Arthroscopic surgery can be performed with the patient in either the lateral decubitus or beach chair position for the treatment of multidirectional instability. Visualization through both a standard posterior and anterior portal allows for a complete diagnostic arthroscopy. This information, combined with the information gained with an examination under anesthesia prior to arthroscopy, aids the authors in their decision-making process regarding the best technique to stabilize the shoulder.

Patients with lesser degrees of multidirectional instability, and the absence of any other pathology as determined at the time of arthroscopy, are often treated with a combination of purely arthroscopic techniques. Thermal capsulorrhaphy using either the radiofrequency probe device (Oratec) or the holmium laser (Coherent, Palo Alto, CA) is often performed in conjunction with an arthroscopically performed rotator interval capsular plication. This capsular shrinkage procedure is accomplished by applying heat energy at approximately 65°C using either a contact probe with the radiofrequency device or with the aid of a holmium–yttrium-aluminum-garnet (YAG) laser. Direct visualization is used to evaluate the degree of capsular contracture. This capsular shrinkage is accomplished circumferentially around the joint from approximately the 10 o’clock position on the glenoid face posteriorly around to the 1 or 2 o’clock position anteriorly. Following the thermal capsulorrhaphy, an assessment of shoulder stability is then made intraoperatively. The authors perform both an examination under anesthesia and an assessment of the ability to translate the humeral head on the glenoid under arthroscopic visualization.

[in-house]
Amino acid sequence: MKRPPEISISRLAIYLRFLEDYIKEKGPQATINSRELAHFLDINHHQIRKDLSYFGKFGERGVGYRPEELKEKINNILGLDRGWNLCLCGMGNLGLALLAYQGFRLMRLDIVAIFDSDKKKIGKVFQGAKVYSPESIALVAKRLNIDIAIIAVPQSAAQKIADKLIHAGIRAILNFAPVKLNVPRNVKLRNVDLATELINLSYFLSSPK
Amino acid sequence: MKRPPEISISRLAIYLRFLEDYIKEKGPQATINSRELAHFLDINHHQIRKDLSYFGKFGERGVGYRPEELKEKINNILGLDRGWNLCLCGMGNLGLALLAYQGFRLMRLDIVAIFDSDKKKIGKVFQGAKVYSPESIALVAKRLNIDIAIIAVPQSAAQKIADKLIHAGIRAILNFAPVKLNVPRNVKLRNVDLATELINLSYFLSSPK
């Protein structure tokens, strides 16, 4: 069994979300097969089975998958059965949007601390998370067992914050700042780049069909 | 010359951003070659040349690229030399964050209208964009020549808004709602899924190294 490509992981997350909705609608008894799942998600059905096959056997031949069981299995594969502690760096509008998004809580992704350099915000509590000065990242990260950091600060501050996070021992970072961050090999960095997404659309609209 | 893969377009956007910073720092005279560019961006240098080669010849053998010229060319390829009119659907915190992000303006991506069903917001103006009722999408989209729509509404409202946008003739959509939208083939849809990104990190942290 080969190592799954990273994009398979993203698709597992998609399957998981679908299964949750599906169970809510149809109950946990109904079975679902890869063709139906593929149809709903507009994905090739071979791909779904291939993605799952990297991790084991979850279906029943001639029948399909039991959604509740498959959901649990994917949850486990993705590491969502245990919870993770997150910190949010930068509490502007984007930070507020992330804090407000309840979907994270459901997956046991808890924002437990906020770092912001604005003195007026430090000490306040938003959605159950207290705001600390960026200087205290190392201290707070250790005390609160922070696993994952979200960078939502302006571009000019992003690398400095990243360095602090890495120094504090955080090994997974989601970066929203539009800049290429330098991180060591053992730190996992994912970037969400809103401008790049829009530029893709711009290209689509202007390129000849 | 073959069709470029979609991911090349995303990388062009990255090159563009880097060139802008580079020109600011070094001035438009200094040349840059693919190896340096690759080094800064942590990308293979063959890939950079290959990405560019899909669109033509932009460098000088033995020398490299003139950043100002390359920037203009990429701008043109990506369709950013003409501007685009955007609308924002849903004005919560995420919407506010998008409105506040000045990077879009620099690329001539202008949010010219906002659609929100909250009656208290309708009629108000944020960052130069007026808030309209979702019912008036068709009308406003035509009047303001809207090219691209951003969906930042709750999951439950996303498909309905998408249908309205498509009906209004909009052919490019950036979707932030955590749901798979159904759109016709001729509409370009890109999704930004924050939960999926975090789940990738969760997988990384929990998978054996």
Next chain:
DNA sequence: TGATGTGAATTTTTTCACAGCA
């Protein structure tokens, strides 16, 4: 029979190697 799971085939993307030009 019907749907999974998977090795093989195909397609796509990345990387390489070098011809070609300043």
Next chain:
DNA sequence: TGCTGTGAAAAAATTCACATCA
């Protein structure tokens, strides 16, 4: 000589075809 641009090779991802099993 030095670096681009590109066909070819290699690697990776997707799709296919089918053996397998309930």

A positive drive-through sign is often seen in these patients prior to stabilization. This arthroscopic test, described by Dr. Russell Warren (personal communication), refers to the ability of the arthroscopist to simply drive the camera through the glenohumeral joint while the patient is in the beach chair position. The inability to drive the camera from posterior to anterior through the joint represents a negative drive-through sign. Following thermal capsulorrhaphy, the drive-through sign is often eliminated. Depending on the degree of instability present preoperatively, the thermal capsulorrhaphy is often supplemented with an arthroscopically performed rotator interval capsular plication. The authors have previously described this technique involving the use of permanent sutures and arthroscopic knot tying.

A standard posterior portal is established, and under direct visualization, a diagnostic arthroscopy is performed. The rotator interval is carefully assessed for laxity either in the interval itself or in the superior glenohumeral ligament. Chondromalacia of the superior glenoid similarly is evaluated as evidence of anterior superior instability. Inferior laxity in the capsule or a subluxation of the humeral head inferi-orly is also an indication of rotator interval problems. The diagnostic arthroscopy is also used to carefully evaluate the attachments of the middle and inferior glenohumeral ligaments including anterior and posterior bands as well as the rotator cuff. Once an adequate diagnostic arthroscopy has been performed, an anterior instrument portal is established under direct visualization. This is placed in the rotator interval adjacent to the subscapularis tendon, avoiding damage to either the superior or middle glenohumeral ligaments. Pathology within the glenohumeral joint is addressed from inferior to superior fashion, repairing any anterior or posterior Bankart lesions or any inferior capsular laxity. Once the entire arthroscopic portion of the reconstruction is completed, attention is turned toward the rotator interval (Fig. 17–1).